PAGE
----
The consequences of the Battle of Shiloh were profound. Strategically, the Union armies, by defeating the Confederate concentration of the Army of the Mississippi, opened the way to capturing the rail hub of Corinth on May 30 and the city of Memphis on June 6, 1862, two months after the battle. The horrific casualty totals that appeared in the nation’s newspapers, however, produced both the most immediate and the longest-lasting result of the battle: its effect on the nation’s psyche. More than twenty thousand men lay on the field killed or wounded at the battle’s end (and 19 of the 63 leaders on these pages), a number which shocked and dismayed the entire American public. These were unimaginable losses, higher than the Revolutionary War, War of 1812, and Mexican War combined. In the Eastern Theater, news of the holocaust convinced Major General George McClellan, stalled on the Yorktown Peninsula, that his campaign must be won by strategy and maneuver, to avoid the sort of hard fighting that had produced such hideous gore at Shiloh. McClellan’s decision resulted in the Siege of Yorktown, followed by a slow build-up around Richmond that ended, three months later, with the loss of the Peninsula Campaign after a week of hard blows by Robert E. Lee’s Army of Northern Virginia.

What followed was a Civil War that took on the dimensions first glimpsed only after Shiloh. Richmond would not be threatened again for two more years, after hundreds of thousands more casualties, and the war would not end for three more bloody years.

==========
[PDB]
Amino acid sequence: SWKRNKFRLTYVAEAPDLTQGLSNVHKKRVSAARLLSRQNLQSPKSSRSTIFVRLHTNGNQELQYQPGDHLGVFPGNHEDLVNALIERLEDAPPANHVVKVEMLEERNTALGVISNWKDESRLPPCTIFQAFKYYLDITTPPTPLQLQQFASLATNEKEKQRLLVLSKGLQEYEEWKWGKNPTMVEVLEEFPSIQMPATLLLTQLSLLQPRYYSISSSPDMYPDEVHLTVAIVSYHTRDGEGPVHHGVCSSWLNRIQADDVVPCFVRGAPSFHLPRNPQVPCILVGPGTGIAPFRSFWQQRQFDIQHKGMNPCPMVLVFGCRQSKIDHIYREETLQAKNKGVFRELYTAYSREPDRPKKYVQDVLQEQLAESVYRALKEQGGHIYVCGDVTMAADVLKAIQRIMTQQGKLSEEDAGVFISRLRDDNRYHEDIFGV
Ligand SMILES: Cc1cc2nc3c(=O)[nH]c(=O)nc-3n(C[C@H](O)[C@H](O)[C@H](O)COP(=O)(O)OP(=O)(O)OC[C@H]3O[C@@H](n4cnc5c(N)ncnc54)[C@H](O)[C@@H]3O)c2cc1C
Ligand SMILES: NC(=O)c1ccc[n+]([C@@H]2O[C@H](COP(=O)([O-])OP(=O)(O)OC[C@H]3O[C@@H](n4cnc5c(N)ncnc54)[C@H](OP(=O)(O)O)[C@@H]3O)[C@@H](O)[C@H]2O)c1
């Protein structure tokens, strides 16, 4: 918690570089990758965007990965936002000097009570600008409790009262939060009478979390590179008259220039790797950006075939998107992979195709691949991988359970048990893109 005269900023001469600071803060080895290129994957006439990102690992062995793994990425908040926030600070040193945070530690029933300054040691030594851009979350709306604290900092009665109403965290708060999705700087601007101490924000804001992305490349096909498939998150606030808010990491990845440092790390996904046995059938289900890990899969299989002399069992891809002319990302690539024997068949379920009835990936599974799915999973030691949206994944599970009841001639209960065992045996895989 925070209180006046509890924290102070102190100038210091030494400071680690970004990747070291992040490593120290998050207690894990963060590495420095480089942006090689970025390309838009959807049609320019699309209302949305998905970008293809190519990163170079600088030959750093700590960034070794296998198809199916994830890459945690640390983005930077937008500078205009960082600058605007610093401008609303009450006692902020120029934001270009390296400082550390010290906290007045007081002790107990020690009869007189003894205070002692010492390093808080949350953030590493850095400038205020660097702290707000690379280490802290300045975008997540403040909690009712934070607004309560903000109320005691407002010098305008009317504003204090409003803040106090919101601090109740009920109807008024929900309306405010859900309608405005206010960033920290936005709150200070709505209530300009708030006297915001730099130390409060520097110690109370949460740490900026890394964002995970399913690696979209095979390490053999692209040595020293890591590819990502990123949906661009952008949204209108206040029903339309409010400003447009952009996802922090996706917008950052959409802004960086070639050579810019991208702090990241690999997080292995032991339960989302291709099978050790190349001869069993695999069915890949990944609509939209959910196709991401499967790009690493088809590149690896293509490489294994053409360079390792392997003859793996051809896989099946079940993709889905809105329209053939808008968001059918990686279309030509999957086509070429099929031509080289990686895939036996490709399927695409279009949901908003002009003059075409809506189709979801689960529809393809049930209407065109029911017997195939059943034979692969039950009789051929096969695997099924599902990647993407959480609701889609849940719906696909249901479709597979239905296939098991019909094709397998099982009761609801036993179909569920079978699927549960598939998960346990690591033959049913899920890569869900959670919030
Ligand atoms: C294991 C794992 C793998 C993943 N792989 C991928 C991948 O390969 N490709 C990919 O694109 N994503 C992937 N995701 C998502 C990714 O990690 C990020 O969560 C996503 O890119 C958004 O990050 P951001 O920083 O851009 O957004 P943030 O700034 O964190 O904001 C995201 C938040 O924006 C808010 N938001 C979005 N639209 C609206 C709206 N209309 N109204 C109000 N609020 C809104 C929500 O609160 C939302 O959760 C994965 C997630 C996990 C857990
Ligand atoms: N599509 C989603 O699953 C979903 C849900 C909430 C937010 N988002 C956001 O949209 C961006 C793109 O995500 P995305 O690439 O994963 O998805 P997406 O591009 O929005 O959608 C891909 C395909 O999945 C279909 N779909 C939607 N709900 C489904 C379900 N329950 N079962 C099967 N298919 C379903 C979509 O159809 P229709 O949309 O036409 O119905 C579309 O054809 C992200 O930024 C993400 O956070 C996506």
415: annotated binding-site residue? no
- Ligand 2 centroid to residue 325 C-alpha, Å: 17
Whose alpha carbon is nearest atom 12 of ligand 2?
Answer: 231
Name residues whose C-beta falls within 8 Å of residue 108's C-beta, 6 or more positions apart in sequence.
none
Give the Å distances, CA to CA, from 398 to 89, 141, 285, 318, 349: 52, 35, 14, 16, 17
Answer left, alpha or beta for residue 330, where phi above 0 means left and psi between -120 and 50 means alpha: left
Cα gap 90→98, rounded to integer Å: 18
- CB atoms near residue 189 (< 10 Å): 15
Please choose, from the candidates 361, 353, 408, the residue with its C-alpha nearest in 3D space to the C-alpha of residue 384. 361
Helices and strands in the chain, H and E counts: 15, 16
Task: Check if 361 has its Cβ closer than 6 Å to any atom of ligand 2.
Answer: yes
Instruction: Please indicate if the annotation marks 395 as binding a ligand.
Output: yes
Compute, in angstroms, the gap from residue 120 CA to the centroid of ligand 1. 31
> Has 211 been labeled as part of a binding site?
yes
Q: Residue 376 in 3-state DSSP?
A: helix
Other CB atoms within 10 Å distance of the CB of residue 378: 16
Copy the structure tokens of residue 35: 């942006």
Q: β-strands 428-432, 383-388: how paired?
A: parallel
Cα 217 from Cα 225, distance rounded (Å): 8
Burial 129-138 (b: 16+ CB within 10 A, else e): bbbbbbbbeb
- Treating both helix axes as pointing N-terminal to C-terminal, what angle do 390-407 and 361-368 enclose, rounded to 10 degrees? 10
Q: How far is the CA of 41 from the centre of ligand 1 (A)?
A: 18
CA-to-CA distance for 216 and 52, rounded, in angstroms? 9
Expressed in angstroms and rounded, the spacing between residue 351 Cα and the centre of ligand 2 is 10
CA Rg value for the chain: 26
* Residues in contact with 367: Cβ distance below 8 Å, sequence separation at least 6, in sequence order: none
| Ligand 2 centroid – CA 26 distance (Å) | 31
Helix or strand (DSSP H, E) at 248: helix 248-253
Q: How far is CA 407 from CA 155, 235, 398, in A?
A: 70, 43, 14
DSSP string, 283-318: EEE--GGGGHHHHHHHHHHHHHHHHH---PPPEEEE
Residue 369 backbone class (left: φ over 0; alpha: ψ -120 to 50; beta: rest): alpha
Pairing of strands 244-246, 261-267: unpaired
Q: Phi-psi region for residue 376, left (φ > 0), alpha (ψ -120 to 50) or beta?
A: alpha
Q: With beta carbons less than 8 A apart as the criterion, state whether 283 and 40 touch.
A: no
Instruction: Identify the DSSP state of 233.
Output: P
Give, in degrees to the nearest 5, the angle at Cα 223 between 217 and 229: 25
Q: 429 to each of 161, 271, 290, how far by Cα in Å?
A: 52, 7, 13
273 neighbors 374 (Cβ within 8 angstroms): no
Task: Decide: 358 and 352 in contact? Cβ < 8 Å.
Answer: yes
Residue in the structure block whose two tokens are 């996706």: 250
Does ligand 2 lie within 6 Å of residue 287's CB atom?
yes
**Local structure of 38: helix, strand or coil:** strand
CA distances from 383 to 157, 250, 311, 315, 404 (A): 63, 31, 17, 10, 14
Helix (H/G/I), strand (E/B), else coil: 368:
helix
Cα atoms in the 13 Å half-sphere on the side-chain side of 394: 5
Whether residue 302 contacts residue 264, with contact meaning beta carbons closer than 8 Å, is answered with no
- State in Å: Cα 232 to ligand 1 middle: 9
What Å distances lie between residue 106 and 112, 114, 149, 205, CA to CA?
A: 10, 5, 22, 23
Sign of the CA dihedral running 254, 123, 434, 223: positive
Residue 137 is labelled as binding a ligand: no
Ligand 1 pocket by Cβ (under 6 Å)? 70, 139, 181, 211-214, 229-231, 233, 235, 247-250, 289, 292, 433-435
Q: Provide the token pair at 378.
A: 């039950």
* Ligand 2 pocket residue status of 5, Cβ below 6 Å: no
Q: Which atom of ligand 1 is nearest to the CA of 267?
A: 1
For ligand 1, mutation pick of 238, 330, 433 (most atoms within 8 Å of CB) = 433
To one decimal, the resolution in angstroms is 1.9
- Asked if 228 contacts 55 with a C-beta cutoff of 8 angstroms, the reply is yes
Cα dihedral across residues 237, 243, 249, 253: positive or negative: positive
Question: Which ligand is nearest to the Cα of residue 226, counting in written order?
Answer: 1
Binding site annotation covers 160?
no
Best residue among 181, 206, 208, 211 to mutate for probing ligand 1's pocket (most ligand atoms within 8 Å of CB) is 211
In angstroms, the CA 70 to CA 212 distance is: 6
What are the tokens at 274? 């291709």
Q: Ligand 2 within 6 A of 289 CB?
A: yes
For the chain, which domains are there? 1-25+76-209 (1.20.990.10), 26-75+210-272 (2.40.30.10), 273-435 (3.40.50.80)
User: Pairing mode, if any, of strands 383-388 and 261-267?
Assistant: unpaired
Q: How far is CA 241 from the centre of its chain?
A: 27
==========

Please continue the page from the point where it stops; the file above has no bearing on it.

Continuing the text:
Born in Lincoln, Illinois, Larry Tagg graduated from the University of Texas at Austin. A bass player/singer of world renown, Larry co-founded and enjoyed substantial commercial success with “Bourgeois Tagg” in the mid-1980s. He went on to play bass for Todd Rundgren, Heart, Hall and Oates, and other acts. He recently retired after teaching high school drama, English and Asians and Middle Eastern literature in the prestigious Humanities and International Studies Program in Sacramento, CA. Larry is the author of the bestselling book The Generals of Gettysburg, a selection of the Military Book Club, and The Unpopular Mr. Lincoln.

Meeting of July 31, 2018

Join us at 7 PM, July 31, at Holder’s Country Inn in San Jose. See the UPCOMING MEETINGS/MEETING INFO tab for specific times and meeting details. This month’s topic is

Tom Roza on “Ambrose Powell (A.P.) Hill: Third Corps Commander, Army of Northern Virginia”

A native Virginian, Ambrose Powell Hill (aka A.P. Hill) was a West Point graduate who served in the United States Army in both the Mexican–American War and Seminole Wars. A strong believer in state’s rights, Powell resigned his US Army commission in March 1861 and offered his services to the fledgling Confederate Army.